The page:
(p. B3) Last time in this esteemed newsletter, my colleague Steve Lohr warned that automation would change the economy. But as he also explained, jobs are “more likely to be transformed by digital technology than destroyed by it.” This becomes clear as you look a little closer at the progress of robotics, including everything from the robotic arms that help build stuff in factories to the jaw-droppingly agile machines under development at a company called Boston Dynamics.
This past week, I wrote about Boston Dynamics, which runs a semi-secretive lab in Waltham, Mass., about 10 miles outside Boston. Built to move like animals and even humans, its machines are truly amazing (as YouTube watchers will attest).
At times, you can’t help but think of these mechanical creations as living things. The company will start selling one of them, a doglike robot called SpotMini, in the coming year. But even Boston Dynamics is not quite sure what these robots are actually good for.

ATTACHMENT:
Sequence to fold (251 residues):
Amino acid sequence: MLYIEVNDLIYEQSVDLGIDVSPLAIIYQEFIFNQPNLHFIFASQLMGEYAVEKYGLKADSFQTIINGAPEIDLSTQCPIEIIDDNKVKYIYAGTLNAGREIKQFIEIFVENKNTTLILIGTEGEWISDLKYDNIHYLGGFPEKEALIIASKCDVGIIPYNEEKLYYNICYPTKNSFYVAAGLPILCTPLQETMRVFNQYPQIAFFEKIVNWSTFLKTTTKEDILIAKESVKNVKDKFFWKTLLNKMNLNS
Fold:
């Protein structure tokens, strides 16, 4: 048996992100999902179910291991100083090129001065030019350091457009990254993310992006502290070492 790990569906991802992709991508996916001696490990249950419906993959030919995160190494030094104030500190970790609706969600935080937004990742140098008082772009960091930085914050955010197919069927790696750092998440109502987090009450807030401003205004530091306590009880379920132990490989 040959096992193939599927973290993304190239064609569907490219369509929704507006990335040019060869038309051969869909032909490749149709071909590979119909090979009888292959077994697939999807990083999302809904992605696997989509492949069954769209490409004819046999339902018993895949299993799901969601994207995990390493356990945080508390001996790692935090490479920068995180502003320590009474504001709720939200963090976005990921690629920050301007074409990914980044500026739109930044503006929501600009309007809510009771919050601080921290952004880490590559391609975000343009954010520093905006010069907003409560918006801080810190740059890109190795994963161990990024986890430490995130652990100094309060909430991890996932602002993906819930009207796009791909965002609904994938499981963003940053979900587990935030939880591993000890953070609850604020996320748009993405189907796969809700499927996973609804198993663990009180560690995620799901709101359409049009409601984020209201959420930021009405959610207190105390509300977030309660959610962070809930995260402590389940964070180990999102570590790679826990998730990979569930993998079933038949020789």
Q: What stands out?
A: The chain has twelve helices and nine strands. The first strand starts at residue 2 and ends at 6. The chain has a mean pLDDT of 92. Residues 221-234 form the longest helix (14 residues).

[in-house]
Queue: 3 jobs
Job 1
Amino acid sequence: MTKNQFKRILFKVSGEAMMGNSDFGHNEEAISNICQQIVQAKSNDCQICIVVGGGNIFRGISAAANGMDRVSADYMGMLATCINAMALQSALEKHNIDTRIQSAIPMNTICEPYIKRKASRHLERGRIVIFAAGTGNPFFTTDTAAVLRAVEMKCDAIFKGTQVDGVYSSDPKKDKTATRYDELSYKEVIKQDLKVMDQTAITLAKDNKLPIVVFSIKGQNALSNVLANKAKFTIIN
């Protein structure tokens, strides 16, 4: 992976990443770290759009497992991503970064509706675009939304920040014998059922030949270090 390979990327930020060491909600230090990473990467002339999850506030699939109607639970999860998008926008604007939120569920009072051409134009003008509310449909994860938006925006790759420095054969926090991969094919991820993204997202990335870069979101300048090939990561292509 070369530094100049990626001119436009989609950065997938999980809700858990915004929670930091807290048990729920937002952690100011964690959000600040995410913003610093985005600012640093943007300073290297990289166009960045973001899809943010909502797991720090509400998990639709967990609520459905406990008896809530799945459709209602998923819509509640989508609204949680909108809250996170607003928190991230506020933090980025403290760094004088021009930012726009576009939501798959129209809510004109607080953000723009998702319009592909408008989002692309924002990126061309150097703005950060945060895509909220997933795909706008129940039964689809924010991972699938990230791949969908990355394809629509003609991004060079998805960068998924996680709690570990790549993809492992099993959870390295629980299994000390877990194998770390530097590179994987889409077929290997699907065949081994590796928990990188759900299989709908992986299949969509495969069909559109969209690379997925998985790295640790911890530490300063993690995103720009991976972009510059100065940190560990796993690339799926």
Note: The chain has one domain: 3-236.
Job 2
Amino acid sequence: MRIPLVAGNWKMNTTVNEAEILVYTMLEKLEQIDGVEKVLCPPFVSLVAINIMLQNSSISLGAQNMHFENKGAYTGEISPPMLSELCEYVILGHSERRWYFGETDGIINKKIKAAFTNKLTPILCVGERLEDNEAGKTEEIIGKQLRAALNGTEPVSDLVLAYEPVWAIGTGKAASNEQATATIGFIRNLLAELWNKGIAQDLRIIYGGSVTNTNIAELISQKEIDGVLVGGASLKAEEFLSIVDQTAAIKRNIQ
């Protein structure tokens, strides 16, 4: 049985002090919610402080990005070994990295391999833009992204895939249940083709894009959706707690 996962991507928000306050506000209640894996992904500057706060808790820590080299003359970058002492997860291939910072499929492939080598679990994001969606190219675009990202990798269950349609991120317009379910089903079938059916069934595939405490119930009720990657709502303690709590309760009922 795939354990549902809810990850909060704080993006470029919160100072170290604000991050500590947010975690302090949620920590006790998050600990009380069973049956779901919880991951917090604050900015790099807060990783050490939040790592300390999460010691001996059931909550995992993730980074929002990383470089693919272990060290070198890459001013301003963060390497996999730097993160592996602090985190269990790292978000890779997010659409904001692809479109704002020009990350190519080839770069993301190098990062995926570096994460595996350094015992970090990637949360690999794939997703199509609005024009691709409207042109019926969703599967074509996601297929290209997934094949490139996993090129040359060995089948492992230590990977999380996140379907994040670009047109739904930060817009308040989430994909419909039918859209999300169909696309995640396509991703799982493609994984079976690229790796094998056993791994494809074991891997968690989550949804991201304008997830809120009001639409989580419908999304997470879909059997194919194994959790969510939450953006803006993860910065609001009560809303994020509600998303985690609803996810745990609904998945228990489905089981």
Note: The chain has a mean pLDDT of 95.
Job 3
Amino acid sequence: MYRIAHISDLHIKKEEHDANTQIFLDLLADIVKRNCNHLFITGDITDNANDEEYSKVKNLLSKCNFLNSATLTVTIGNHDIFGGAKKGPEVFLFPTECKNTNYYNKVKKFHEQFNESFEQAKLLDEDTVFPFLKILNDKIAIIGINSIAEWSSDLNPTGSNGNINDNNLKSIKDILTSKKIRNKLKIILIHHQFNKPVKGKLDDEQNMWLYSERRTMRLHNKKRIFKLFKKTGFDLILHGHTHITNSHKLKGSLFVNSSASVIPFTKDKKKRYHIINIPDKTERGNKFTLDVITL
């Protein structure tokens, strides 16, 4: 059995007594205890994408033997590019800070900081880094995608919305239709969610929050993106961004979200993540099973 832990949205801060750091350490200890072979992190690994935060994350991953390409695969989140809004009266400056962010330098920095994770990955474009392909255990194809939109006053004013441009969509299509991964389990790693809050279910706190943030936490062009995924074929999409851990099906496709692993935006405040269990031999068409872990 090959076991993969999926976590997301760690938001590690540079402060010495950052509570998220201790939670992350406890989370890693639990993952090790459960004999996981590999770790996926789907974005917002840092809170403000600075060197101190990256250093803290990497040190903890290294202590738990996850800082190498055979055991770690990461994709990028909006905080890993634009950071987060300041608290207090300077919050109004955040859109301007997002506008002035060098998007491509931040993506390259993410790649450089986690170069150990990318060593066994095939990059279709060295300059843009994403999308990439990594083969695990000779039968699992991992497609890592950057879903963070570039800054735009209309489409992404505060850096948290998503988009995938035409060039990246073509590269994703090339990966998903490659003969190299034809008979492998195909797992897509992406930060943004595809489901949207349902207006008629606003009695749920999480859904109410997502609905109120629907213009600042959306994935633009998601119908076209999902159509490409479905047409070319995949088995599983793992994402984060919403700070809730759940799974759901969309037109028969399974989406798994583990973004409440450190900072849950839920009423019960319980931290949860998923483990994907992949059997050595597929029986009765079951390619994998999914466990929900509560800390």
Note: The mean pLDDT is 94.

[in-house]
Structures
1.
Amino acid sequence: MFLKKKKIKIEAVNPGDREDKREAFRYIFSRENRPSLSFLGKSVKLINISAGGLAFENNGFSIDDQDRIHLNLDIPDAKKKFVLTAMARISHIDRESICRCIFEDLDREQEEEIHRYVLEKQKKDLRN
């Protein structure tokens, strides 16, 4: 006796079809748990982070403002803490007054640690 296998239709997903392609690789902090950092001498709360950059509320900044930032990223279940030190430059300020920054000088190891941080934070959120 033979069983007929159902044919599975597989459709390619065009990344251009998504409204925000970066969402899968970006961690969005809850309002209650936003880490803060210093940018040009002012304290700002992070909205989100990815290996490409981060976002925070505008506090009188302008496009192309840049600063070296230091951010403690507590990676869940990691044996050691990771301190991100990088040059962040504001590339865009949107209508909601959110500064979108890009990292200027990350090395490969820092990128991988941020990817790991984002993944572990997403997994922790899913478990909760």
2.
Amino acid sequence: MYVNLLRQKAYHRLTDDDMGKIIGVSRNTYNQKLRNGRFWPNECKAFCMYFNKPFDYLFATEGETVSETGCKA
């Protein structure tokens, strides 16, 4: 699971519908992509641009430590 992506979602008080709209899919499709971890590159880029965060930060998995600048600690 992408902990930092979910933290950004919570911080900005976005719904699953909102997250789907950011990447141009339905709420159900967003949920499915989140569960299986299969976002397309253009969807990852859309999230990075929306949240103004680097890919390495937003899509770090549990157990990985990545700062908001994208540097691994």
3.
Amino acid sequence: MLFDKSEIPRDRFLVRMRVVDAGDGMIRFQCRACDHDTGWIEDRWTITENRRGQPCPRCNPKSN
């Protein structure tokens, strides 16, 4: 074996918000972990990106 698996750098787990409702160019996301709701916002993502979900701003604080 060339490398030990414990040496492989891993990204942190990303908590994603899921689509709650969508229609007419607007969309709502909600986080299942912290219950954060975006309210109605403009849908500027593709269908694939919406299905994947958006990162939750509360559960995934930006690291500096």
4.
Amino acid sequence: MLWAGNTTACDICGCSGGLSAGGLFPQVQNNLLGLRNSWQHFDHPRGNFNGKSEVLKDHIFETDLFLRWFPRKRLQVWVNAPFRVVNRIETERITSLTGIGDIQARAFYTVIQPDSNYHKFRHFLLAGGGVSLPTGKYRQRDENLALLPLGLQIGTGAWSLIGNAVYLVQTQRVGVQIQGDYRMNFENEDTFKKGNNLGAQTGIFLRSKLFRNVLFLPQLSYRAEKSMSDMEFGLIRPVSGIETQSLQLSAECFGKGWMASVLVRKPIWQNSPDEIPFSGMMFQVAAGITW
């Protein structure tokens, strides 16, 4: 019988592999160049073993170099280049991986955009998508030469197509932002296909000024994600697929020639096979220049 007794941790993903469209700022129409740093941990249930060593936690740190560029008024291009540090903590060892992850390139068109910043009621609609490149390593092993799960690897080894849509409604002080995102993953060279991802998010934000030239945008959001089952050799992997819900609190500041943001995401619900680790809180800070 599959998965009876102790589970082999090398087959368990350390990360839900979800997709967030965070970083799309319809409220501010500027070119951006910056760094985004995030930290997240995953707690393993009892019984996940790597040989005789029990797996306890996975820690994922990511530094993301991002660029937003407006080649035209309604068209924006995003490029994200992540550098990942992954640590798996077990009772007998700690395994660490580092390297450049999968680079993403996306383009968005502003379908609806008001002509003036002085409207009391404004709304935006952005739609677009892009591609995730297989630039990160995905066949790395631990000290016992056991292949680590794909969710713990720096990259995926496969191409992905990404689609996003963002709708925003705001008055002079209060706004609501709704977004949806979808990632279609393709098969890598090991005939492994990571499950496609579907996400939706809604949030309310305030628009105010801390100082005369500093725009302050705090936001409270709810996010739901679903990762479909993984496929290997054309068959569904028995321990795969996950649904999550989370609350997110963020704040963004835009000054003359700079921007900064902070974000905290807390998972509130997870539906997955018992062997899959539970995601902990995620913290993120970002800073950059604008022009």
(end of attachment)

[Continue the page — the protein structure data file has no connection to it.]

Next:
Robots play tricks on the mind. We tend to think they are more advanced than they really are, perhaps because of science fiction movies or because our brains are wired to believe in bots. This is particularly true when it comes to the biomimetic machines inside a lab like Boston Dynamics.
“When we see a biped that looks like a person or a quadruped that looks like a dog, we project our previous experiences with people and dogs onto these machines. But, in fact, there is nothing inside,” said Gill Pratt, who worked with Boston Dynamics as an official at Darpa, a research arm of the Defense Department, and is now exploring new forms of robotics as the chief executive of the Toyota Research Institute. “It is like a hollow doll.”
For the full commentary, see:
(Note: the online version of the commentary has the date Sept. 28, 2018, and has the title “The Week in Tech; The Robots Aren’t as Human as They Seem.”)